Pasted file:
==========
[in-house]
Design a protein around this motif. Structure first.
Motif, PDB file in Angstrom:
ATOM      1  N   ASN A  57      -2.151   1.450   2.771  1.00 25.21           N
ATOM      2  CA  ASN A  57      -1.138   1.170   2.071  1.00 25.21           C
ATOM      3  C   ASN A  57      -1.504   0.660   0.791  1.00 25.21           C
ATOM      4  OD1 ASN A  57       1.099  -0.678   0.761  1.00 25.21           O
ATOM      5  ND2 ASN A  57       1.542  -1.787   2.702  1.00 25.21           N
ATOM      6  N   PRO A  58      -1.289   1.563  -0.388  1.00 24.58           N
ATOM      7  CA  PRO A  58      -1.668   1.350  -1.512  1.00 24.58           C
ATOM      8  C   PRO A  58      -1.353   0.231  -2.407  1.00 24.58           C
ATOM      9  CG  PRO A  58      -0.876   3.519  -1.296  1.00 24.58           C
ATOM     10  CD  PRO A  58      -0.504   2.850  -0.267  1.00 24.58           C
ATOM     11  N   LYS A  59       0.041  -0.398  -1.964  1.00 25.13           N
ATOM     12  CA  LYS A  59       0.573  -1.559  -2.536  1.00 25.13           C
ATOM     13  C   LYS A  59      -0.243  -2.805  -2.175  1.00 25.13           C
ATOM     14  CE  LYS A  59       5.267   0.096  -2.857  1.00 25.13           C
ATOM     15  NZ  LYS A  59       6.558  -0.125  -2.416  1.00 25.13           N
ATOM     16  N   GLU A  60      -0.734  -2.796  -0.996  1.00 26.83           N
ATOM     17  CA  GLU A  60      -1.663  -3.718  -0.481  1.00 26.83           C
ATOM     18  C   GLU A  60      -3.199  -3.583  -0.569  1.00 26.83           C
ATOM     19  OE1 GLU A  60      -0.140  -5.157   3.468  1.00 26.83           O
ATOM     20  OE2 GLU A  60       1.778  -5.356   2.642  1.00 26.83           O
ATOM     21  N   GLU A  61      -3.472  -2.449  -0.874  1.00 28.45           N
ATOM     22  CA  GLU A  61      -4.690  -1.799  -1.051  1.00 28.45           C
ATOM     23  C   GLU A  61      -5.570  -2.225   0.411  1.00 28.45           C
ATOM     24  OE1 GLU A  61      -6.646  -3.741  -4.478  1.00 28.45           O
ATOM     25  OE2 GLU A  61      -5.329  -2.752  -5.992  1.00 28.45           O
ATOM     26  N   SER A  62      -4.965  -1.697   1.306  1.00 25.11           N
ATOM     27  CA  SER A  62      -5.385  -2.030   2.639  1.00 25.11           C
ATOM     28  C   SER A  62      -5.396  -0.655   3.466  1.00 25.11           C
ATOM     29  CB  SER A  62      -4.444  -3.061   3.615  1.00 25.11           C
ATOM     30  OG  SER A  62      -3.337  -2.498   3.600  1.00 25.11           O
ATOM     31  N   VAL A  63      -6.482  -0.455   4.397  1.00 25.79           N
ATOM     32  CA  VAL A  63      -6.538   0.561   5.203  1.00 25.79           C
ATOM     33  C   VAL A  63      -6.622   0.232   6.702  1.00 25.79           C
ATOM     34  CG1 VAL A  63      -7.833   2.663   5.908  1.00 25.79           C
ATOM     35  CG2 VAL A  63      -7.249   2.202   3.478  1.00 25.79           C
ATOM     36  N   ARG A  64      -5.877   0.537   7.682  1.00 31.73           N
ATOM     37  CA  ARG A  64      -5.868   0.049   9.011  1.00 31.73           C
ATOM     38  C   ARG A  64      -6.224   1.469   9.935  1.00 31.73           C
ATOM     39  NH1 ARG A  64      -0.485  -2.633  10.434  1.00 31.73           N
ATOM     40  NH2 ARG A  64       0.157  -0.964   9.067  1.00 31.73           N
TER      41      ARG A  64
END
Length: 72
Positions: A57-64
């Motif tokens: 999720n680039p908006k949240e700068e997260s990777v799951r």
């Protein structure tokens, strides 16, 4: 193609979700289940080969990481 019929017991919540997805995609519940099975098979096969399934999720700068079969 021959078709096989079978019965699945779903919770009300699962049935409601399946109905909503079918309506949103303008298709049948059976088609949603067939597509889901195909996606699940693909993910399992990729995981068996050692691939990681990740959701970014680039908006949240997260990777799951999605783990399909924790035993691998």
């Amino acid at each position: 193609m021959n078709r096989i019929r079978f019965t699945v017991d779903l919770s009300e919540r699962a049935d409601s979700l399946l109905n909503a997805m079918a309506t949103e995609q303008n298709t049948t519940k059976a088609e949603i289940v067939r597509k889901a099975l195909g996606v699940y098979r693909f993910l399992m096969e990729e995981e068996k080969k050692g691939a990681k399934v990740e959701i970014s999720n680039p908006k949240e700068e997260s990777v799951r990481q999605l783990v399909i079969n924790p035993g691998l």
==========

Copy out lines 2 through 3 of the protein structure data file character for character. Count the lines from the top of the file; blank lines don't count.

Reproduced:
Design a protein around this motif. Structure first.
Motif, PDB file in Angstrom: